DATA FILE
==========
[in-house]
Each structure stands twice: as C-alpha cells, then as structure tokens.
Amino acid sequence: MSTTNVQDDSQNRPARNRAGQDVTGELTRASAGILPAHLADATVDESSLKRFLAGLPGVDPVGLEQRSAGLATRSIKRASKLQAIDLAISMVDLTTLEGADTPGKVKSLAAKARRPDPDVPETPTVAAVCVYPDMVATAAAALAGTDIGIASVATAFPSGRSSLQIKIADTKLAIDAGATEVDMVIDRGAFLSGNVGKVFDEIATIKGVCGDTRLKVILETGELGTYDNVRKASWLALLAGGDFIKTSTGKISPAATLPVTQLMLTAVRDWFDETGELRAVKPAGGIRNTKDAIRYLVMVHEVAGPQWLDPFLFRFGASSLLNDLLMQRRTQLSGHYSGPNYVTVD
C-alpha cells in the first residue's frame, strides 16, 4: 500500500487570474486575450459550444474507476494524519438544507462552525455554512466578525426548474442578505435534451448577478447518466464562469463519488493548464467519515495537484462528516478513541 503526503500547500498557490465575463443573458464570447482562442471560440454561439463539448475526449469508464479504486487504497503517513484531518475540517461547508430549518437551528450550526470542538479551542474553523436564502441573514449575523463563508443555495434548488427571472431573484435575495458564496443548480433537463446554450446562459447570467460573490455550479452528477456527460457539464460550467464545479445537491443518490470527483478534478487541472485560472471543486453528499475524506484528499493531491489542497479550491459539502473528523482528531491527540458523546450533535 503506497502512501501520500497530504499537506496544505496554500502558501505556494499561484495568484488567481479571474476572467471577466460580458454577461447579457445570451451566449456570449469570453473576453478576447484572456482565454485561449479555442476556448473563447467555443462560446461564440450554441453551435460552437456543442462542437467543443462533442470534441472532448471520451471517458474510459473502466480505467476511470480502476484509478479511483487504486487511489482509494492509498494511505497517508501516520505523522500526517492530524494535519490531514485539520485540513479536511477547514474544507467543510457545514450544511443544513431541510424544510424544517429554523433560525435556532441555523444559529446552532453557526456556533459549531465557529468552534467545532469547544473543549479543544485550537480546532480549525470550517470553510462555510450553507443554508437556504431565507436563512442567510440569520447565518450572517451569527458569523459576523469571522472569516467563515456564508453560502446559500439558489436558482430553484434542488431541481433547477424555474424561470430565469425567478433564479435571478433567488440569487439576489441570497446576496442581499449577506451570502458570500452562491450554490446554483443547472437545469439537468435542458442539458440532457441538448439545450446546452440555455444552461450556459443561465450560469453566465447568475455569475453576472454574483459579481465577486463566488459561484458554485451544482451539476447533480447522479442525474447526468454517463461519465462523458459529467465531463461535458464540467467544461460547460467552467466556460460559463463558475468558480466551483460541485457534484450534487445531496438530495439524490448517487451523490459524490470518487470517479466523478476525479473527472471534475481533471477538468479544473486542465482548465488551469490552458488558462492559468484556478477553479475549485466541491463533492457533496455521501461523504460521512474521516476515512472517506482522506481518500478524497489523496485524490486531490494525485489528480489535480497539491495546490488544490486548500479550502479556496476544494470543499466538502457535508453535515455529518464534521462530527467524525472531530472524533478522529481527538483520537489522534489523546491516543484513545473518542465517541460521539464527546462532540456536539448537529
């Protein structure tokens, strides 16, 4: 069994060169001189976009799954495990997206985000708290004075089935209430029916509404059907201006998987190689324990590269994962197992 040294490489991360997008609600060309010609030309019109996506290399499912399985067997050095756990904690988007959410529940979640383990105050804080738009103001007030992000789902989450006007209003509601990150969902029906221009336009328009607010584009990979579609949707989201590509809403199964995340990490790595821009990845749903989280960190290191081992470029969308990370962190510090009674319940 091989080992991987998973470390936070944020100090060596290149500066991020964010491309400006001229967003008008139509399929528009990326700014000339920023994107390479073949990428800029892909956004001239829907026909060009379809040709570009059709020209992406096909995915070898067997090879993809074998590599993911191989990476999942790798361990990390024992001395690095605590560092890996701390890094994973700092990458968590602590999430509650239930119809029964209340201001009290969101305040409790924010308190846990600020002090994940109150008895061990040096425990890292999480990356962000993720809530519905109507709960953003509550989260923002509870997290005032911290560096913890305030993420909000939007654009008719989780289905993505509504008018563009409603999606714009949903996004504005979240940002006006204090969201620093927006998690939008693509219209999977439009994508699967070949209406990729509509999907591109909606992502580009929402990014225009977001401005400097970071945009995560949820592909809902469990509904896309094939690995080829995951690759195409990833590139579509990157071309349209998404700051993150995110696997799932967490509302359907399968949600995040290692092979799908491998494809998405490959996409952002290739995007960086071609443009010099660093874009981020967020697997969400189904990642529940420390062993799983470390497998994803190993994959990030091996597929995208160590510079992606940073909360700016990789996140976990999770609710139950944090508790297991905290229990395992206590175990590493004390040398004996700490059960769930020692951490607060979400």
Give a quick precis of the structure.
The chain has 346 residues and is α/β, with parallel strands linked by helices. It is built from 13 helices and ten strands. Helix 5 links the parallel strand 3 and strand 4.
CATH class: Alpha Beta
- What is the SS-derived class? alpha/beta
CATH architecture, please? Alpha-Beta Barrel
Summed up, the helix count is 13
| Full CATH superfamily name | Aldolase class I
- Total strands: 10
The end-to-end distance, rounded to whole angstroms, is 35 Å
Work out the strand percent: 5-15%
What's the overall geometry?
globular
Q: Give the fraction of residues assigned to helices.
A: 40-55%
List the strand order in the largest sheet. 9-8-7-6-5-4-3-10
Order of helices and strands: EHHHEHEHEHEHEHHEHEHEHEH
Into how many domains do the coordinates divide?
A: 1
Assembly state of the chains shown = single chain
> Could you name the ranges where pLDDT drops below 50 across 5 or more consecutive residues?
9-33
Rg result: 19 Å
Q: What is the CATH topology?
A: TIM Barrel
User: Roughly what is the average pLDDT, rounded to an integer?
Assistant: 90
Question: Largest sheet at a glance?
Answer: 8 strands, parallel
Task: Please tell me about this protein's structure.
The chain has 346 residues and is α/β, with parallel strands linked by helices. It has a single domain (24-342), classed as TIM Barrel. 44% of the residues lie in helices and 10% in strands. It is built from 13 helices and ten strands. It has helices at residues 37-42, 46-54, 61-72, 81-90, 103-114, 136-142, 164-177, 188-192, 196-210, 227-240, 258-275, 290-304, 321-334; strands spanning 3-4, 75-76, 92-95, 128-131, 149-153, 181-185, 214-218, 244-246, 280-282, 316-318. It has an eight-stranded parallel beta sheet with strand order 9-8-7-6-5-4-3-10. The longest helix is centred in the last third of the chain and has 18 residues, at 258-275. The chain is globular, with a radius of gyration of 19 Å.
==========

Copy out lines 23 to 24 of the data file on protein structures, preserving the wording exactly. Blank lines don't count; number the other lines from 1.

A: 1
Assembly state of the chains shown = single chain